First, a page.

2021 Vennell Viognier
The Vennell Viognier is new to our extensive offering of white wines, and it received a score of 92 Points from Wine Enthusiast.
The StoryThere are always stories behind the winery and the wines. Our winery was named for our founders' grandmothers, Bella and Grace. For the Viognier, Vennell is a family name. Charlie's middle name came from his paternal grandfather, Jesse Vennell. Jesse was a talented and successful furniture designer for several well regarded manufacturers like Kittinger and Klingman. The Vennell heritage is English and French, and a family member immigrated to America from France in the early 1700's. Charlie's grandmother Esther Vennell, was a proud member of the Daughters of the American Revolution.
Winemaker Tasting Notes
This Viognier has a light straw in color, and exhibits notes of honesuckle & ripe melon as the wine opens. The wine's mouth feel is soft with lovely viscosity. It explodes across the palate with a slight tart flavor. As you might hope, the finish is long & juicy, and just begs for another taste.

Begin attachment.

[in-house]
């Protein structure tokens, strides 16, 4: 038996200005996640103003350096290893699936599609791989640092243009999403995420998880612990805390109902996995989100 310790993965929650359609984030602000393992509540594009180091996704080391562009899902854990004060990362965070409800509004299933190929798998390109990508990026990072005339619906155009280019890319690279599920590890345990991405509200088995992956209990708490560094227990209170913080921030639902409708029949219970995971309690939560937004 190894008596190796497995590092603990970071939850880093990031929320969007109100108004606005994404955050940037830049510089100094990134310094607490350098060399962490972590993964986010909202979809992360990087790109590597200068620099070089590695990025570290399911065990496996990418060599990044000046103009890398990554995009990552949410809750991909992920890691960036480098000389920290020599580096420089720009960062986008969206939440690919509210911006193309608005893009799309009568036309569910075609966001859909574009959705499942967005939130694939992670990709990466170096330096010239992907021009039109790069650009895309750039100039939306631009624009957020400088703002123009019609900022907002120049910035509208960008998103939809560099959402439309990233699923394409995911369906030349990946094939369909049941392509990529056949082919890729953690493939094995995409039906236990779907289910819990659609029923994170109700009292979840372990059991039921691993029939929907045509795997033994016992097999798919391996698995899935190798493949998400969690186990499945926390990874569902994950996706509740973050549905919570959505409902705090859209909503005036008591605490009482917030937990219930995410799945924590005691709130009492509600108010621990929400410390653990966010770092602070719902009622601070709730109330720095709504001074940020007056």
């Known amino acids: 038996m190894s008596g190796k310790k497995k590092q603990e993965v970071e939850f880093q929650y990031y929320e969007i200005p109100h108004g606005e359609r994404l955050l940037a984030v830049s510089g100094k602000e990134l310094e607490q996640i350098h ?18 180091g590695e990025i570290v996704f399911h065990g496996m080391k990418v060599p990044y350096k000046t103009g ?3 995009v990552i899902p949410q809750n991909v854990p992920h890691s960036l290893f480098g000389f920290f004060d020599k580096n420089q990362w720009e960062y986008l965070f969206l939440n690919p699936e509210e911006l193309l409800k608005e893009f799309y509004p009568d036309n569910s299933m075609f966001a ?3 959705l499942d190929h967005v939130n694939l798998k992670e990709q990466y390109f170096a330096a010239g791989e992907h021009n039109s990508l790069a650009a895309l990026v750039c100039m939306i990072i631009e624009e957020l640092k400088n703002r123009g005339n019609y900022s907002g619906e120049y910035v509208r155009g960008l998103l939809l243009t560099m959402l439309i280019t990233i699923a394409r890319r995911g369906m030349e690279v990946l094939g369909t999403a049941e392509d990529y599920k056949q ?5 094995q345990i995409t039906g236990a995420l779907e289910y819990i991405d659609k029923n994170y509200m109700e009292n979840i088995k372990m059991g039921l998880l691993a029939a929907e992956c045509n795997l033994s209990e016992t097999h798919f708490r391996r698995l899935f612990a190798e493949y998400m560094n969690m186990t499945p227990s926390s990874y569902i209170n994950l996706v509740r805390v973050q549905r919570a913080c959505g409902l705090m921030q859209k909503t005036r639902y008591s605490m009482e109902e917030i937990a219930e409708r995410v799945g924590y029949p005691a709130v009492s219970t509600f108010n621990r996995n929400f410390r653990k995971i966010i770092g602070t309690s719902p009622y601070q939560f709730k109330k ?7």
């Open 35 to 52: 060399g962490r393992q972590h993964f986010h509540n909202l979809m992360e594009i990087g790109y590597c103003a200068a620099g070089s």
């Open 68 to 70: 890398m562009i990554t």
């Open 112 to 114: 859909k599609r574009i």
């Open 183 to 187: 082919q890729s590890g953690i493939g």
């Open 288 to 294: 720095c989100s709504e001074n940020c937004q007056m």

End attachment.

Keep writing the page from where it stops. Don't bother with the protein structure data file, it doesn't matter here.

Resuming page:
Grape to bottle
Harvested from the Tumbas Vineyard, the Vennell Viognier was whole-cluster pressed and settled overnight in a stainless tank. The next day, the wine was racked off its lees into four new French Oak Puncheons (132 gallon barrels).
Initial fermentation of the wine took approximately ten days. Secondary malolactic fermentation took place next, and this provides the creamy tones that improves the viscosity and balances it with acid. Next, bâtonnage, a process of stirring the fine lees in the barrels back into the wine, was performed for six weeks. After aging in the French Oak Puncheons for three months, the wine was filtered and bottled.
For winemaking, there are two types of lees; the first are gross lees which are discarded, and second are fine lees that are used in the batonnage process and during aging. Gross lees are filled with the unwelcome debris like skins, seeds, and stems. Fine lees include the silky sediment composed of dead yeast cells. During batonnage, these yeast cells break down into nano-proteins that help bind tannins and refine the wine.